Jan. 13 and 21, 2018. Comments on PubMed PMID 29280214: Thorough in silico and in vitro cDNA analysis of 21 putative BRCA1 and BRCA2 splice variants and a complex tandem duplication in BRCA2, allowing the identification of activated cryptic splice donor sites in BRCA2 exon 11.

We have posted a comment in PubMed Commons about Baert et al. “Thorough in silico and in vitro cDNA analysis of 21 putative BRCA1 and BRCA2 splice variants and a complex tandem duplication in BRCA2, allowing the identification of activated cryptic splice donor sites in BRCA2 exon 11.” (2017) (doi: 10.1002/humu.23390). The updated comments can be found at: https://www.ncbi.nlm.nih.gov/pubmed/29280214#comments. They have been highlighted twice by PubMed Commons as a “Top Comment”.

NB: We have exchanged views with Dr. Claes (senior author), who has inquired about our NGS pipeline for splicing mutation analysis, MutationForecaster (www.mutationforecaster.com):

Peter Rogan2018 Jan 12 2:39 p.m.edited 2 of 2 people found this helpful

Twenty one BRCA1 and BRCA2 mRNA splice site variants were analyzed by semi-quantitative RT-PCR, with commercial software that scores putative splice sites by ad hoc methods, and with bioinformatic models based on Adaboost and Random Forest, which are general machine learning approaches. The authors cited our review on interpretation of splicing mutations (Caminsky N, 2014), however the analytic approach described in that paper was not evaluated. As an update to our previous BRCA mutation study (Mucaki EJ, 2011), we carried out information theory-based splicing analysis of all potential splicing mutations listed in Supplemental Table S3. The splicing consequences of all variants were accurately predicted by information analysis. We also report results of exon definition-based mRNA splicing mutation analysis (Mucaki EJ, 2013), which infers relative abundance of wild type and mutated splice isoforms from total splicing information content of each prospective exon. Due to length limitations in PubMed Commons commenting system, detailed results for each variant are described in: https://doi.org/10.5281/zenodo.1146708

Also, during our analysis, some inconsistencies in mutation designation or interpretation were noted in the paper: (1) The complex BRCA2duplication described in this article (c.425+415_4780dup[insGATCGCAGTGA]) is sometimes referred to as “c.426-415_4780dup[insGATCGCAGTGA]” (e.g. the title of Figure 5, and Suppl. Table S3), which are not congruent mutations. The true mutation is likely the former, as the Figure 5 legend describes an mRNA splice form that includes 293nt of intron 4. If the duplication was c.426-415_4780dup[insGATCGCAGTGA], the intron inclusion would only be 205nt long. (2) We report an additional inconsistency in regards to Figure 5: The legend of Figure 5E describes a splice form where a truncated exon 11 junctions with the aforementioned 11nt insertion. However, the diagram and the electropherogram in Figure 5e shows exon 11 (ending at c.2398) sharing a junction with the beginning of exon 5. The latter is most likely the correct isoform, as an acceptor is not predicted at the junction between c.4780 and the 11nt insertion.

  • Kathleen B M Claes2018 Jan 17 10:44 a.m. 2 of 2 people found this helpful

    Dear dr Rogan, thank you very much for your constructive comments. It is very interesting to learn that your exon definition-based mRNA splicing analyses are in agreement with our cDNA analyses for all variants we studied (an overview is provided in Suppl Table S1 of our paper – not S3). I read the detailed comments on the URL you referred to. How easy can this approach be implemented in an NGS data analysis pipeline? Can you define cut-offs in this program to indicate when cDNA analysis is warranted?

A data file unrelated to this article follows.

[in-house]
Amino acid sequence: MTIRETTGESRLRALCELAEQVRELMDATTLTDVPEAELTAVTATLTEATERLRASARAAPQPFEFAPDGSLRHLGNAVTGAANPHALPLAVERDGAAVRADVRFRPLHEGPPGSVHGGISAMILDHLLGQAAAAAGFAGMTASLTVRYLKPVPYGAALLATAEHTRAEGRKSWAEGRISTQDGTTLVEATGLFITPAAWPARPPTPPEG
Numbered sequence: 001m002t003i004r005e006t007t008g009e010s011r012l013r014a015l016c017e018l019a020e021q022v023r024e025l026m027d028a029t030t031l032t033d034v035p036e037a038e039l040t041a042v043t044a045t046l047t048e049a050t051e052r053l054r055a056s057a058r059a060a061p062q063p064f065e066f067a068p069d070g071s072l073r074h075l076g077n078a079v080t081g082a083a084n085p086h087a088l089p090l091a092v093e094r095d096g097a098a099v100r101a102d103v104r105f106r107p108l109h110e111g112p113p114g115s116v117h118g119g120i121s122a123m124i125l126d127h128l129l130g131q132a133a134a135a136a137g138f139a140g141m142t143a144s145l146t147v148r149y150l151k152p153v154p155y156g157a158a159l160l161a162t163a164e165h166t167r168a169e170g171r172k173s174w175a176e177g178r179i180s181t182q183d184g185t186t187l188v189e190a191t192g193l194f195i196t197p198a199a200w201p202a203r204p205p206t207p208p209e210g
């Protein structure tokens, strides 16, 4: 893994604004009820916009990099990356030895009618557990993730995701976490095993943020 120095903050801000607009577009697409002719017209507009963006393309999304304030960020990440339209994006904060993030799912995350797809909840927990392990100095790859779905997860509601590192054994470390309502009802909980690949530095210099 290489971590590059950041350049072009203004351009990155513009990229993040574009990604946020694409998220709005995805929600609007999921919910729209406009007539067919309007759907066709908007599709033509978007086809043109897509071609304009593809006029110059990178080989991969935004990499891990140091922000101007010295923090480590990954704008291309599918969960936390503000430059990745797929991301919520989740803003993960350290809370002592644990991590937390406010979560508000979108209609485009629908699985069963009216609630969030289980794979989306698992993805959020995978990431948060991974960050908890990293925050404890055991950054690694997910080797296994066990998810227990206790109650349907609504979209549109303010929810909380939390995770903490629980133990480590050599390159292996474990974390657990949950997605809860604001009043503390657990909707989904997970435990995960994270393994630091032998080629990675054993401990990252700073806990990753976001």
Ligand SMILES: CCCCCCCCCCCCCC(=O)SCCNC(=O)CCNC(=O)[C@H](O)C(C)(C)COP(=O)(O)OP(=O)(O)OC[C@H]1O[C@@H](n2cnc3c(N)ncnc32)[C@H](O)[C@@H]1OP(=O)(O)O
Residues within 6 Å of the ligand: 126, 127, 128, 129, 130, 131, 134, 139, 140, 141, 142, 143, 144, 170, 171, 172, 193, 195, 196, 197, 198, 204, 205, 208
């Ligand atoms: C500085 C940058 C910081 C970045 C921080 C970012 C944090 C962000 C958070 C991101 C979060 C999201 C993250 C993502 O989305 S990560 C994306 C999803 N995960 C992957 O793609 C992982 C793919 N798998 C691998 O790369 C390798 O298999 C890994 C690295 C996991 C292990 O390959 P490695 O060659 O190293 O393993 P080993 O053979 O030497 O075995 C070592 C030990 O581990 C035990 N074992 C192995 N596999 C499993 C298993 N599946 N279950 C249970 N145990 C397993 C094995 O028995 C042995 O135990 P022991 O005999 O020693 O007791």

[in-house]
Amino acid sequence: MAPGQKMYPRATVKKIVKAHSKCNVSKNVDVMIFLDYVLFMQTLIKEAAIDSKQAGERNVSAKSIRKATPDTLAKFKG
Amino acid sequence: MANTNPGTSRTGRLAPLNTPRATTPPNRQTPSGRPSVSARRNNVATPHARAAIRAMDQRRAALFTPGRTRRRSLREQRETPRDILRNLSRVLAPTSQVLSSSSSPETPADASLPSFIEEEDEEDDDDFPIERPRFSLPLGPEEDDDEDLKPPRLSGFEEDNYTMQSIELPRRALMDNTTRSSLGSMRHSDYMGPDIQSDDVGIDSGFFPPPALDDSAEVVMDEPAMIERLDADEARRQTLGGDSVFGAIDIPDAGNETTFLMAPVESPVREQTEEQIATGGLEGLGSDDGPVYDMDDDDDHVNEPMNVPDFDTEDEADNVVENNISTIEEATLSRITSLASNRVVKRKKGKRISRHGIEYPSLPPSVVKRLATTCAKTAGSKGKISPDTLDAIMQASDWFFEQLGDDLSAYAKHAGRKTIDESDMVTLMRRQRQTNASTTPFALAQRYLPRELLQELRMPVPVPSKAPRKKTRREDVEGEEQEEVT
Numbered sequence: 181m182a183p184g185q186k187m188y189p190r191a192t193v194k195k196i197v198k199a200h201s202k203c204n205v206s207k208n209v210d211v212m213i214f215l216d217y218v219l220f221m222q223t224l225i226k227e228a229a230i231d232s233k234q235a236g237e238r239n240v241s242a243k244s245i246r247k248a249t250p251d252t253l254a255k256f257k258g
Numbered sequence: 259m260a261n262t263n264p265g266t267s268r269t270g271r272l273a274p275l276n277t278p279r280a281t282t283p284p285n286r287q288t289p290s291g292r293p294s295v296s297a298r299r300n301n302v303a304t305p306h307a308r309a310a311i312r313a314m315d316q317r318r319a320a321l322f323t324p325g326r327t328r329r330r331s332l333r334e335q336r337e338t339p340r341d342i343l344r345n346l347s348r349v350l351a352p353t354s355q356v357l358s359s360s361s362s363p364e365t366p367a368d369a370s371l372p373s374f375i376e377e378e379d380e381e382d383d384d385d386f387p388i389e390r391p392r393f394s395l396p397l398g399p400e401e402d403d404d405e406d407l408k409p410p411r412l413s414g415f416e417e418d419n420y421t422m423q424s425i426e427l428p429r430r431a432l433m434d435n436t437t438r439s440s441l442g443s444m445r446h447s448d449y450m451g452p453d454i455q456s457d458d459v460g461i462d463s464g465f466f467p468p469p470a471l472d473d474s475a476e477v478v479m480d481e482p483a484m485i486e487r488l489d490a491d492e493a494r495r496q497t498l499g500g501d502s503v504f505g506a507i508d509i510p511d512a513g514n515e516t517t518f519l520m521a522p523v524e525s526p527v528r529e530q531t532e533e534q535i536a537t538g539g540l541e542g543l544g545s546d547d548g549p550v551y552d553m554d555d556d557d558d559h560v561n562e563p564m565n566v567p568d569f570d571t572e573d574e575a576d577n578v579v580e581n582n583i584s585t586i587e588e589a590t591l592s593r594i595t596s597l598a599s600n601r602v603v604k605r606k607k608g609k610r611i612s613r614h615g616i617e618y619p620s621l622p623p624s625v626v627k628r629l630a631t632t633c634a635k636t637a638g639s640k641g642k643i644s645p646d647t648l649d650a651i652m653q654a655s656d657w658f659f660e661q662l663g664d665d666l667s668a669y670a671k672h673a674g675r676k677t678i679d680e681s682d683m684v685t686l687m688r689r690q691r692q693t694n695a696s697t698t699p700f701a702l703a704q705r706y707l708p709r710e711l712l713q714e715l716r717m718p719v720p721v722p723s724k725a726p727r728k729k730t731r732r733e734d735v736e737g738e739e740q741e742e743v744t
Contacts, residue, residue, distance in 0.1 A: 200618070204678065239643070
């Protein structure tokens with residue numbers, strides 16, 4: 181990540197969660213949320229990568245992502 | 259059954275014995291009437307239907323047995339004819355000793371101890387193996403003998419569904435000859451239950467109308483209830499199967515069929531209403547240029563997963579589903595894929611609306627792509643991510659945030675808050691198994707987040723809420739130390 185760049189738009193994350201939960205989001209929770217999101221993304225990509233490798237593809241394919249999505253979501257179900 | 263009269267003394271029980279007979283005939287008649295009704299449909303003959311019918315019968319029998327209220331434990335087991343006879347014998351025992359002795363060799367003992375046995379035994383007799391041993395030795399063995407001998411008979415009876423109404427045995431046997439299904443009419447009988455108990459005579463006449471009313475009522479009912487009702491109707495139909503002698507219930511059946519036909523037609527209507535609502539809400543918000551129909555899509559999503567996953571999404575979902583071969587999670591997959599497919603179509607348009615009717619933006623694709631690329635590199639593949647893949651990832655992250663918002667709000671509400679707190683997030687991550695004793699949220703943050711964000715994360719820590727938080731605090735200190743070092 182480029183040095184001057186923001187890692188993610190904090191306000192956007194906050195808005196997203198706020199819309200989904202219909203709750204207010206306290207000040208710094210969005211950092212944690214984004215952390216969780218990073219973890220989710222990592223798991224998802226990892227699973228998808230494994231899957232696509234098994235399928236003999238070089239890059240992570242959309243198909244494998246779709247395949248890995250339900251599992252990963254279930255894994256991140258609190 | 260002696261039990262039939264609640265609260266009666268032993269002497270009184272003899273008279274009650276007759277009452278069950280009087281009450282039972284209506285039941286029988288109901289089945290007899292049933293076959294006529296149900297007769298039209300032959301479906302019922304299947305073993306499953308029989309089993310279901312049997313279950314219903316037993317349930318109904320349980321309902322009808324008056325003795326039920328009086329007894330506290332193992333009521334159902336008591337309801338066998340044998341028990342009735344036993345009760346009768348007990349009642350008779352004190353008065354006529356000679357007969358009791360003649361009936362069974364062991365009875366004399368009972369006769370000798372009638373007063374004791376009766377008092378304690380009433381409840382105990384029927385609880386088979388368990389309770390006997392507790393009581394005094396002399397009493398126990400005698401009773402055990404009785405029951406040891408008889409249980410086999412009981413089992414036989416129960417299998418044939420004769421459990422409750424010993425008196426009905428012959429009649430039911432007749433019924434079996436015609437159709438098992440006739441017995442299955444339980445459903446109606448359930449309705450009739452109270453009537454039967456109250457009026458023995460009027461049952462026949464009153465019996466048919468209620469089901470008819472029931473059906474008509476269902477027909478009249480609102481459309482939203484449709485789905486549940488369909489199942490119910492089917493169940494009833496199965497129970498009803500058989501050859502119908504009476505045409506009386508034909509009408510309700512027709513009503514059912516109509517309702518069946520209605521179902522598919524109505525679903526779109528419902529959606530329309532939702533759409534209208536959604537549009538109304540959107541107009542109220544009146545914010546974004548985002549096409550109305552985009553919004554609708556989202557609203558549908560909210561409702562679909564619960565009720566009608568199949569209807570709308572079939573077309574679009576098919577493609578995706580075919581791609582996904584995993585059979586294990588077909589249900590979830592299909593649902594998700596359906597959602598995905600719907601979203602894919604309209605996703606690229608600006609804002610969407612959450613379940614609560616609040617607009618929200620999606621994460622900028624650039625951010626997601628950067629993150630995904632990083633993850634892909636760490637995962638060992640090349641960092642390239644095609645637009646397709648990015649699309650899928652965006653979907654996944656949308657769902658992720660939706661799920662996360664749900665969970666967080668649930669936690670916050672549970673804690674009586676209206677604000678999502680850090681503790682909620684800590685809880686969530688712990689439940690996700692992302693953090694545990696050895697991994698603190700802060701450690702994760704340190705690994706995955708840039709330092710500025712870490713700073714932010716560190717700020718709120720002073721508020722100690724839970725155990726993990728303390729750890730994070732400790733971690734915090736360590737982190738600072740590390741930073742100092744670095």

I also would like to thank you for alerting us about the typing error for the Multi-exon duplication in BRCA2 – the correct nomenclature for this duplication is indeed c.426+415_4780dup{insGATCGCAGTGA}. We corrected this in the final proofs.

    • Peter Rogan2018 Jan 21 1:20 p.m.edited 1 of 1 people found this helpful

      The results reported in Table S1 of the different bioinformatic methods were difficult for us to assess. For example, why were there no bioinformatic analyses for c.426+415_4780dup(insGATCGCAGTGA)? Our analysis includes this mutation. Model cutoffs for these bioinformatic methods are defined arbitrarily because they are based on underlying datasets with unpublished or unknown content; furthermore, the binding site models are not easily reproduced, in part because they are not actually based on binding site affinities (Rogan PK, 2013).

      The details of the methods and source data we use to derive our information weight matrices and the matrices themselves are available (Rogan PK, 2003). The information contents of splice recognition sites or exons are expressed in units of bits, which have been formally proven to be related to binding site affinity through the second law of thermodynamics (Schneider TD, 1997Rogan PK, 1998). In fact, relative entropy used by maxEntscan, violates the triangle inequality which is a fundamental requirement of the second law (Schneider TD, 1999). These articles demonstrate the cutoff for true binding sites is very close to the theoretical minimum of zero bits (Delta G = 0). We have also demonstrated this thermodynamic threshold holds for other types of binding sites (Lu R, 2017).

      Our pipeline for NGS data analysis has been validated extensively (Shirley BC, 2013Viner C, 2014Dorman SN, 2014Caminsky NG, 2016Mucaki EJ, 2016Yang XR, 2017Dos Santos ES, 2017). The URL of the MutationForecaster pipeline is given in the document linked to our previous PubMed Commons post .





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